I welcomed Woody Allen for 2 hours at Maxim’s. Actually, I welcomed 3 famous film directors at Maxim’s : Stephen Frears, to whom I lent furniture for his movie Chéri, Robert Zemeckis and Woody Allen. And when Woody Allen came at Maxim’s with his crew, I only spoke to the first assistant director because Woody Allen was standing aside, listening to nothing, looking at nothing, probably thinking of something else. After 2 hours they left the place and I noticed this incredible phenomenon. His crew split in two – like the Red Sea in the Ten Commandments – so that Woody Allen could reach the door and tell me the one and only word I would ever hear from his mouth « au revoir » (laughs)…
Did he shoot scenes at Maxim’s ?
Yes, indeed. When Owen Wilson goes back in time to the Belle Epoque (ed : the Golden Age in France, a period from the end of the 19th century to the eve of the First World War), the car takes him to Maxim’s. So it seems like Woody Allen liked the place, eventually… I keep this story for my memoirs (laughs).
What are your favorite places in Paris ?
Without a doubt and in first place, I would say the Opera Garnier. It’s a marvelous place. Professionally, the Opera is great visit, a total fairy tail. The Ghost (ed: of the Opera) is an extraordinary story to tell, by the way based on a true story! So it mixes up magic, reality… It’s fantastic!
Beyond that, there are plenty of marvelous places in Paris. I certainly have a preference for the “Hôtel de Soubise” which is partly used by the National Archives in the Marais. It is a sumptuous palace built in 1704 with gorgeous inside decorations, with nobody inside. L’Hôtel de Soubise is Versailles but even better, because it is Versailles without hordes of tourists.
What is the History of this Hotel ?
So this hotel was built between 1704 and 1709 for the Prince and the Princess of Soubise who came from Lorraine to settle in Paris. They bought the old Hotel de Guise and almost totally destroyed it – because we must not forget that “Ancient” doesn’t exist at this time. Only they didn’t have any money. Madame de Soubise, as an intelligent woman, started a relationship with King Louis XIV. And Saint-Simon said : ”Madame de Soubise wore some nights an emerald ornament to indicate to the king that her husband was absent” and he added “Thanks to the husband’s intelligence, and the know-how of his wife, expenses, pensions, benefits and hats, rained all over the house”. We assume that this relationship ended a few moments after the building was finished being paid (laughs)… This is what I should tell in “L’Histoire sans secret” ! (ed: his YouTube Channel)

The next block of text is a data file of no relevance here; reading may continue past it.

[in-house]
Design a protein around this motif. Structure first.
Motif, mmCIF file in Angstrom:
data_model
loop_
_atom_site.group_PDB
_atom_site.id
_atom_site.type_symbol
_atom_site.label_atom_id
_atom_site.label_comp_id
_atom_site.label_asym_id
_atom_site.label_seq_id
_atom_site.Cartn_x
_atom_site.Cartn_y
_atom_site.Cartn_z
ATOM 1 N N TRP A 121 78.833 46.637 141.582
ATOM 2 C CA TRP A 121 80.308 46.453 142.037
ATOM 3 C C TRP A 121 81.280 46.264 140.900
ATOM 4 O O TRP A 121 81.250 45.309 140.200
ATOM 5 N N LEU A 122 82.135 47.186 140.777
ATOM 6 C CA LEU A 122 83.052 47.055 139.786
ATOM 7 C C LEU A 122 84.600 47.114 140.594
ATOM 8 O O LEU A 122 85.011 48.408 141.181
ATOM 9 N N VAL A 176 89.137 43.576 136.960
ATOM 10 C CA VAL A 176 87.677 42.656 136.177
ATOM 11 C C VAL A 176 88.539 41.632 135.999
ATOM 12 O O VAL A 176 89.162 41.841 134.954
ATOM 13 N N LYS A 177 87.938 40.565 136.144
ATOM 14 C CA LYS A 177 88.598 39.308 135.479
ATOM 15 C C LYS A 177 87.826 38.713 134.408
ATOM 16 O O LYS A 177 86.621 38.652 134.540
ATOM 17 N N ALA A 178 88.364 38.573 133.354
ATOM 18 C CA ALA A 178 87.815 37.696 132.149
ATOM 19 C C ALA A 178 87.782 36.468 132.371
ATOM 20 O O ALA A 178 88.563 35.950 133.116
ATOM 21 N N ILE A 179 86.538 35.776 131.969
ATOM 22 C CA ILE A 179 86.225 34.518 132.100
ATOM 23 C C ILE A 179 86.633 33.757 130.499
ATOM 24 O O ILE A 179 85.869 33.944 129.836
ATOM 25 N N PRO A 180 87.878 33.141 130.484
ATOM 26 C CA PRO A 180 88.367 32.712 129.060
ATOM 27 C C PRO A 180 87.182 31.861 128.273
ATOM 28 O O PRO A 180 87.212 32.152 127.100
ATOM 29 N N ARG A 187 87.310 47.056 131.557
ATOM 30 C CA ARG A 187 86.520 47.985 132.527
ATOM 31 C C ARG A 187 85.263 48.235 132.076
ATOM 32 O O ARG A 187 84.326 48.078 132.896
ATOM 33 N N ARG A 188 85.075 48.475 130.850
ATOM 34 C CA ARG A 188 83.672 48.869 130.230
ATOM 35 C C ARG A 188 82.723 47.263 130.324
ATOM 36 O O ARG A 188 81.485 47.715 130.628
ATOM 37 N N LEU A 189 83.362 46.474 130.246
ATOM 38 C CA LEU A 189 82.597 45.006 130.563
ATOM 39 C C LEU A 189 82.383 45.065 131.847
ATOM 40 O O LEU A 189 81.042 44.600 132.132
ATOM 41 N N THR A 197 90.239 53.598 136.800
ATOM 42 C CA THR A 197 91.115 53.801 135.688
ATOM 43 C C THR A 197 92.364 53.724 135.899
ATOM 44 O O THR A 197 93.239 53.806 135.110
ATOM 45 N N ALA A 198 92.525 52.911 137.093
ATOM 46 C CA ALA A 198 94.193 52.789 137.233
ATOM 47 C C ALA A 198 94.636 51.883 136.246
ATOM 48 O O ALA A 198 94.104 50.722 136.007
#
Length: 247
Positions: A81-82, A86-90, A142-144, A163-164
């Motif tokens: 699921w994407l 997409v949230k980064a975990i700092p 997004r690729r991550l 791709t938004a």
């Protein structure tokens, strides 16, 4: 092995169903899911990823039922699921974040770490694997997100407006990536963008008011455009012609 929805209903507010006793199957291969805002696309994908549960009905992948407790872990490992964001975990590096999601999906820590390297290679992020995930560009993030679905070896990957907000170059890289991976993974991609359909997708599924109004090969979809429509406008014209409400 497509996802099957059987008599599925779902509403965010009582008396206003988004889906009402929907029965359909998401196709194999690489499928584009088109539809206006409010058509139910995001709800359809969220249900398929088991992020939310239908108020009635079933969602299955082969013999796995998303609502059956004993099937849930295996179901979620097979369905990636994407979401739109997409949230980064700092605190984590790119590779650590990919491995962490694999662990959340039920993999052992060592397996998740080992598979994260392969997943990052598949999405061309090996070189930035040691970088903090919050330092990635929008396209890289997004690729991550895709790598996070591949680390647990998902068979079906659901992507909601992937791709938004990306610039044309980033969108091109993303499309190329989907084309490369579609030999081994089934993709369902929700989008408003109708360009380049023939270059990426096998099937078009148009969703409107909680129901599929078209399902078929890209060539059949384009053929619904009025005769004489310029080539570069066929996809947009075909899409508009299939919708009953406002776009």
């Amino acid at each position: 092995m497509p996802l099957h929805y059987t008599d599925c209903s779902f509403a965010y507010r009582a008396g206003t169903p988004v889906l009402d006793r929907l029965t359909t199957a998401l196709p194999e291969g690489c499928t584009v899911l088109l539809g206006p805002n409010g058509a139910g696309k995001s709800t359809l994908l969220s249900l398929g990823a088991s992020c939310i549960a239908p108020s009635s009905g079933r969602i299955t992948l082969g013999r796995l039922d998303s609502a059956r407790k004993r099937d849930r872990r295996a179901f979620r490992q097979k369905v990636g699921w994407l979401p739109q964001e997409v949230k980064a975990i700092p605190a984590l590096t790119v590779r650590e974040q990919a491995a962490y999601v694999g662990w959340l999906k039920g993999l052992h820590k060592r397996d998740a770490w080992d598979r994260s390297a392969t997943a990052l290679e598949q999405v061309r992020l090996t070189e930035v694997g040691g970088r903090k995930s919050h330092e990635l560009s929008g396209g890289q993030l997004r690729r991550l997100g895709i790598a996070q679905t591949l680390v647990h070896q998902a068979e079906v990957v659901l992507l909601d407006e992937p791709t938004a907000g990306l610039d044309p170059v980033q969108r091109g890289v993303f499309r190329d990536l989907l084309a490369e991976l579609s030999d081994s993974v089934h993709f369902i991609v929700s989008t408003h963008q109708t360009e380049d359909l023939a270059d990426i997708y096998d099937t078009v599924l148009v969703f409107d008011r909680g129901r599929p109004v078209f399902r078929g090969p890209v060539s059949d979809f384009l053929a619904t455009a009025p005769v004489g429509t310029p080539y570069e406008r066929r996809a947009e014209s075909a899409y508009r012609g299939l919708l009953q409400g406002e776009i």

Talking about historical anecdotes, what is your favorite one from Maxim’s ?
Oh… It is true that there are a lot of them! But maybe the one about the famous benches.
In the main hall, there were leather benches, which stayed there from 1898 when the decoration was made, to 1959. They were back then sixty years old – also let’s say they were extremely « authentic » and it was time to change them (laughs). Hence, workers came to replace them, thinking about nothing. But each time they pulled off one, they heard tinkling on the floor what remained stuck between the back and the bottom of the benches: Louis d’or, rings, diamonds… but the courtesans would not pick them because they knew that the morning after they would have twice more (laughs) !
So what will we find in twenty years when we will move ours ? Some used credit cards, it will be much less funny (laughs) !
What is your definition of luxury ?
As a personal statement, I would say that luxury is the gathering of things that makes my happiness complete. Now a more general definition would be hard to express. Because luxury is not an accumulation of expensive things, but certainly the fact of having the opportunity to have access to exceptional and extraordinary things. It can mean Time, more material things, and so much more…
So to you, what would be the greatest luxury ?
Leaving without caring about where I go, driving my Rolls Royce…
Any future projects ?
I am full of it !
I am preparing two books with an editor from whom I’m still waiting for the answer. I will also write a new play for someone else. In a year and a half, I will go on stage again for a one-man show. I have an exhibition on Sarah Bernhardt in 7 cities in Japan in 2018-2019, and going to Japan makes me so happy because I’ve never been to and it has to be an amazing experience. Here are my projects for the next two years…
Do you have a motto ?
My favorite one is : “Modesty is such an extraordinary quality that, with it you have to be extremely generous and to leave it entirely to the others…” (laughs)
From who is it ?
It is mine of course! It is not even from Sacha Guitry (laughs)
Pierre-André, thank you so much for this interview !
I was delighted to share this moment with you. Thank you very much.
Want to learn more about this incredible storyteller ? Check our offers to visit the Opera Garnier and Païva’s private mansion, with Pierre-André as your guide.